Wednesday, May 22, 2019

Origin of Power Read

The topic of the origin of the Power Read play came up recently and I will investigate the beginnings of this play that has become a powerful weapon in the Spread Offense this past decade.  Brandon Lechtenberg was a recent guest on USA Football's podcast, Deep Dive on Defense with Chris Vasseur (if you haven't checked this out yet, you are really missing out with my man Coach Vass killing it).  Coach Lech told the story of how his brother, Adam Lechtenberg, was the first one to suggest the idea to run Power Read while he was a G.A. at TCU in 2009.  TCU unveiled the play in a stunning win vs. Clemson early in the 2009 season.  QB Andy Dalton was the leading rusher for TCU in that game with 19 carries for 86 yards and he had a lot of key 3rd Down conversions with the Power Read play.   TCU also featured this play in their epic Rose Bowl win over Wisconsin that year.

Power Read


Chris Brown at Smart Football noticed this new phenomenon right away and wrote this excellent work on TCU's Inverted Veer Option detailing the Inverted Veer or Power Read play that TCU shocked Clemson with.  Chris Brown and Matthew Brophy at Cripes! Get Back to Fundamentals have always been the godfathers of the football blogs, largely because they were so sharp at detecting new trends in the game of football and they could explain things so well.  Chris re-visited the play not too long ago here with The Evolution of the Power Read Play...and of Alabama and Clemson's Newest Wrinkle, the "Toss Read."  

From Andy Dalton to Cam Newton to RG3 to Lamar Jackson, Power Read has been the bread-and-butter running play for three Heisman winners and in a short period of time it has played a key role in helping to shape recent college football history:


Chris noted on Twitter that we are nearing the 10-year anniversary of the play but I mentioned that I saw someone run this play earlier.  The first time I remembered seeing this play ran was with Texas A&M vs. Cal in the Holiday Bowl on December 28, 2006.  I realized this play was unique and I posted on Coach Huey about it and asked if anybody else had seen it and knew anything about it.  

I used to record a lot of TV games on VCR and study the game that way because coaching film was scarce back then.  I remember being at my Dad's house and kicking myself for not having recorded it after seeing that one play.  The recent podcast and Twitter discussion led me to go back and see the play again after 12 years, but I was not able to find the All-22 film for that game.  However, I did find the game on YouTube, and I finally found the play I was looking for:


Only it wasn't the play I was looking for.  This play wasn't Power Read!  It was Q Zone Bash, with Bash meaning "backside sweep" for the RB.  Well, I felt pretty dumb for being wrong about the playthere wasn't even a pulling Guard for it to be confused with Power up front.  TCU must have been the first come up with the play in 2009.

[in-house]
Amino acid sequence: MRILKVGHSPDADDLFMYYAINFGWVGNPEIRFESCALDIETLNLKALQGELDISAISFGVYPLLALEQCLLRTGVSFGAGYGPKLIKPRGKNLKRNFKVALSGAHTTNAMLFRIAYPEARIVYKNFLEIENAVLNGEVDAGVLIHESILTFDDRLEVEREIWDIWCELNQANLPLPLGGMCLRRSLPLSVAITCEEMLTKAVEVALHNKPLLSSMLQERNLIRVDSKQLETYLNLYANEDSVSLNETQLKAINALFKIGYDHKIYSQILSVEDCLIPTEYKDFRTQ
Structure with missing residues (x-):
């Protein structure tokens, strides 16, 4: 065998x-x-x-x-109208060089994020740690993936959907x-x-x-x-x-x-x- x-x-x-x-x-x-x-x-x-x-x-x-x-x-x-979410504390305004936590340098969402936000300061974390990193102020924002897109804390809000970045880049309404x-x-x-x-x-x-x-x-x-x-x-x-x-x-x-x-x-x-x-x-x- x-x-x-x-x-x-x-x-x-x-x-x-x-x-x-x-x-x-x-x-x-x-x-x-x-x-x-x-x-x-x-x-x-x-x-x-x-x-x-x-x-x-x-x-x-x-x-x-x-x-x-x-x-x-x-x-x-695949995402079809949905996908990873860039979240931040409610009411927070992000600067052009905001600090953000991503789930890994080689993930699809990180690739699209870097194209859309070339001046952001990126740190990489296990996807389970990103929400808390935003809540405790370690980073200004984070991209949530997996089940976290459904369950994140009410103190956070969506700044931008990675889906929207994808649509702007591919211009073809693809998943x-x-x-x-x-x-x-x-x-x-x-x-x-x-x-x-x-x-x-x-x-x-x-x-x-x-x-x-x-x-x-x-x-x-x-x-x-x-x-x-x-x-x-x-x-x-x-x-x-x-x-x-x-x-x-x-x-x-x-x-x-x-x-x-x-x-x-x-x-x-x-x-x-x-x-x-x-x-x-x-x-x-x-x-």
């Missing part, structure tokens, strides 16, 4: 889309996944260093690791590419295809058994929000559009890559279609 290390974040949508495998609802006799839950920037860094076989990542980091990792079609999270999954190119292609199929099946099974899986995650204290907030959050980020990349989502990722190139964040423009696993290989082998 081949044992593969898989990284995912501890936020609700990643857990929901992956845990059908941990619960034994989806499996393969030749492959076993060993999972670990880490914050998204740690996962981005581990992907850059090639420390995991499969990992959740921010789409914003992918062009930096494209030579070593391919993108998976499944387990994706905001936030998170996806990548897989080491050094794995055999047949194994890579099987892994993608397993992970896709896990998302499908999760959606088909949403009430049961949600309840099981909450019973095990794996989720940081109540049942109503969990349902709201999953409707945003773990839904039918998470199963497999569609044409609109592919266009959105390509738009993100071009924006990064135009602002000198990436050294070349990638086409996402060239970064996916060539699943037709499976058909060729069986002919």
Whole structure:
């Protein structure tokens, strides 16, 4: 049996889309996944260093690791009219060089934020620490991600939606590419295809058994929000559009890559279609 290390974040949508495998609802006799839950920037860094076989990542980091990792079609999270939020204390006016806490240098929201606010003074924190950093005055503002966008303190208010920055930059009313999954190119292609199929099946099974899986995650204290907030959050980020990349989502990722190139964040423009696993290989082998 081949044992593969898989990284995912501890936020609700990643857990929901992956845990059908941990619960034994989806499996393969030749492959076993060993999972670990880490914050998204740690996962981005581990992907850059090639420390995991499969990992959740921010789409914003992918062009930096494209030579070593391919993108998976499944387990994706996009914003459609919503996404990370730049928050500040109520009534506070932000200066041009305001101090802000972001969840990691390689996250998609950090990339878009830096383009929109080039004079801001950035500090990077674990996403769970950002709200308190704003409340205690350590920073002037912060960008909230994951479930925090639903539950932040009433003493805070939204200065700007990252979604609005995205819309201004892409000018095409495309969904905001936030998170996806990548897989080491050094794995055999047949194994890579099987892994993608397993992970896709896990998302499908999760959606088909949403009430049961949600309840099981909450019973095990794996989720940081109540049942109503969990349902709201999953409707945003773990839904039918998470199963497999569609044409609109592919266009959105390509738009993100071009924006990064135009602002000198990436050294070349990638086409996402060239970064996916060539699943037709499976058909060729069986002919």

Then, laying in bed later that night it hit me...

The first time this play was brought into existence wasn't by TCU, it was by me!  (Not a "I am the greatest football coach of all-time!" exclamation mark, but a "NO WAY!" exclamation mark)  On accident!  By mistake!

This is the origin of the Power Read play on January 8, 2007, two years before it was ever run in Division 1 college football:


The play looked just like QB Power, which had me thinking that was the concept they ran up front, only there was nobody kicking out the DE.  The QB read the DE on the Q Zone Bash just like Cam Newton and Lamar Jackson read it today on Power Read.  He even rode the mesh for a step before pulling it and hitting it frontside and downhill.

While this play by Texas A&M in 2006 wasn't Power Read, it did serve as the inspiration for the play.


I have recently added a number of new files to my Google Drive as well as some new Folders:  Film (2018) and Twitter cut-ups.  I will upload some new game film every couple of weeks and the new twitter folder has lots of great videos I downloaded from @CoachDanCasey, @JamesLight, @CoachAdamGaylor, @FB_FilmAnalysis, and many others.  There are a lot of great ideas here that are on the cutting edge of the game of football.  I am most likely taking the year off of coaching, so I hope to be able to post more often here in the near future.  My next post will be a big project which I have been meaning to do for quite some time.  It will define and help explain the different possible read tags in the Shotgun Running Game: Read, Bash, Toss, and others.  After that, it will be a whole lot of Defense and Sim Pressures.  Also, this is my 100th post, woo hoo!


1 comment:

  1. Love the Power Read/Inverted Veer..so many things you can do for a HS or CFB offense based off this play.

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